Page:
Red leader standing by: “red hat” hackers testing your cyber resilience

In our November article ‘Ransom Attacks. Be Prepared’ we wrote on the importance of having your IT systems in the best shape reasonably possible to resist or identify at an early stage, a ransomware attack.

Further to this, on Tuesday this week the Council of Financial Regulators (CFR) released its Cyber Operational Resilience Intelligence-led Exercises (CORIE) framework – click here to access a copy of the 67 page framework.

CORIE is a pilot program of exercises that aim to assess a financial institution’s (FI) cyber resilience. It has the following objectives:

  • provide data and information to inform relevant Australian Regulators (such as the Australian Prudential Regulation Authority, Australian Securities Investments Commission, and Reserve Bank of Australia), of systemic weaknesses that may present a risk to the integrity of the Australian financial markets and financial system; and
  • assess FI’s resilience to known adversaries targeting the FI.1

The most interesting of the exercises is the Threat Intelligence-led Adversary Attack Simulation, otherwise known as the Red Team exercise.  Essentially, an independent Red Team Provider or ‘red hat hacker’ simulates a real life attack scenario by using a range of techniques such as phishing, spear phishing, or watering holes etc. to gain access to a FI’s internal network through their staff. Once access is gained, the Provider will attempt to compromise the system, most often by making payments etc.2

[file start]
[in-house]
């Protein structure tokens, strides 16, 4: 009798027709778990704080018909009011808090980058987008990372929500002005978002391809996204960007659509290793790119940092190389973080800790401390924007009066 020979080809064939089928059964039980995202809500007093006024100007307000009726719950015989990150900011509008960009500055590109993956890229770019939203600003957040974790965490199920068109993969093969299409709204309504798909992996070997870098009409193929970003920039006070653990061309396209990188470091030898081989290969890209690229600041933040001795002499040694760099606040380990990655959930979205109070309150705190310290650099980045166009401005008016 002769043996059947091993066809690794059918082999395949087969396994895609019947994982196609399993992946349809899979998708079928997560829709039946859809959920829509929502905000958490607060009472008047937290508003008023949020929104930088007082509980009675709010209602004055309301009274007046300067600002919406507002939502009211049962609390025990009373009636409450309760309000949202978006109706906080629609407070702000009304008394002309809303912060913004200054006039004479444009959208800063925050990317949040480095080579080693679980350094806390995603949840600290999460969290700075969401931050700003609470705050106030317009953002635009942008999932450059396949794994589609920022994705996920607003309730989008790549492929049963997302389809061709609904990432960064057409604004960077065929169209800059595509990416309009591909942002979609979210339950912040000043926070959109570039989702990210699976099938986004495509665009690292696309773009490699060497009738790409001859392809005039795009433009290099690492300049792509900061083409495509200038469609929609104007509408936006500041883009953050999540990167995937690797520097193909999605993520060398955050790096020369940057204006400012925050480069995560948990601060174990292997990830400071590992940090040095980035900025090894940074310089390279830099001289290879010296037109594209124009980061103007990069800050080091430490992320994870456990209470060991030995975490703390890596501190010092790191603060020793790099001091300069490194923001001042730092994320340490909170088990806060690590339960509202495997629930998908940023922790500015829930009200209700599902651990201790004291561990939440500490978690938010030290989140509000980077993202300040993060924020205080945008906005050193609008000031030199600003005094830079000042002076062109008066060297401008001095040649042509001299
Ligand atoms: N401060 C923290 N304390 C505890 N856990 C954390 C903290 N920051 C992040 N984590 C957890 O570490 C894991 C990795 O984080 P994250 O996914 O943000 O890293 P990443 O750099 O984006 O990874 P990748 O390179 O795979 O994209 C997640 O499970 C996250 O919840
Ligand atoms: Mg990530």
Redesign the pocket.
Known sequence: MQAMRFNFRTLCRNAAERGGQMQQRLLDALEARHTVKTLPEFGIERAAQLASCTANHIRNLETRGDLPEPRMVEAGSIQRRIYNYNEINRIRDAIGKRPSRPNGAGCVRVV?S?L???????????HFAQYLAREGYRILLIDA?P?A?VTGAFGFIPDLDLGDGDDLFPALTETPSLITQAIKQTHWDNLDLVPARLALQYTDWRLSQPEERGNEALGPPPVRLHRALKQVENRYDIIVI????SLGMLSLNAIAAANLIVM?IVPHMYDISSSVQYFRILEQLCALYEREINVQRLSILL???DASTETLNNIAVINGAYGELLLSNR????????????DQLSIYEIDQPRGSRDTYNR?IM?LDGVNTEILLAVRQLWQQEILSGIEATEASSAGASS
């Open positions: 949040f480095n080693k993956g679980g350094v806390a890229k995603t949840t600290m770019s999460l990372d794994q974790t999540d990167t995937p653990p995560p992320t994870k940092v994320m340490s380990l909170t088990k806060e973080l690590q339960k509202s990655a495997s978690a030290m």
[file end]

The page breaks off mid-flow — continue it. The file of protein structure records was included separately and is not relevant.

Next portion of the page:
The Red Team Exercise comprises the following stages:

  1. Preparation phase – engagement and scoping, and procurement;
  2. Test phase - attack preparation (Threat intelligence) and attack execution (Red Team); and
  3. Closure Phase – reporting and remediation planning, and replay attacks.3

As CORIE notes in its introduction:

Cyber operational resilience requires that people, processes and information systems adapt to the ever-evolving threat landscape. To maintain the ability of financial institutions to avoid significant financial loss and worst-case scenarios, cyber operational resilience must be proactive and not reactive.4

The results of the exercises will go into a report that will set out the systemic weaknesses in Australian FI’s cyber resilience, and areas that will require improvement.

Lavan comment

When it comes to a data breach, time is of the essence. No organisation is free from the risk of an attack - the CORIE framework emphasises that being reactive is no longer enough.

The consequences of an attack for an organisation can be significant – reputational loss and damage, mandatory data breach reporting obligations and a shut-down in normal business operations are only a fraction of the potential aftershocks of an attack.

In light of this, it is essential that your organisation is prepared for an attack, and has an appropriate and well considered action plan in place that employees are both aware of, and trained in. Being reactive is no longer enough, indeed, being proactive is the new minimum standard. Red Team Exercises can be valuable in testing your systems and plans and enabling you to address weaknesses.

If you have any questions in relation to this article, please do not hesitate to contact Iain Freeman or Lorraine Madden.

AUTHOR
Iain Freeman
Partner
AUTHOR
Lorraine Madden
Special Counsel


FOOTNOTES

[1]

Cyber Operational Resilience Intelligence-led Exercises framework, page 2.

[2]

Ibid, page 18.

[3]

Ibid, page 4.

[4]

Ibid, page 2.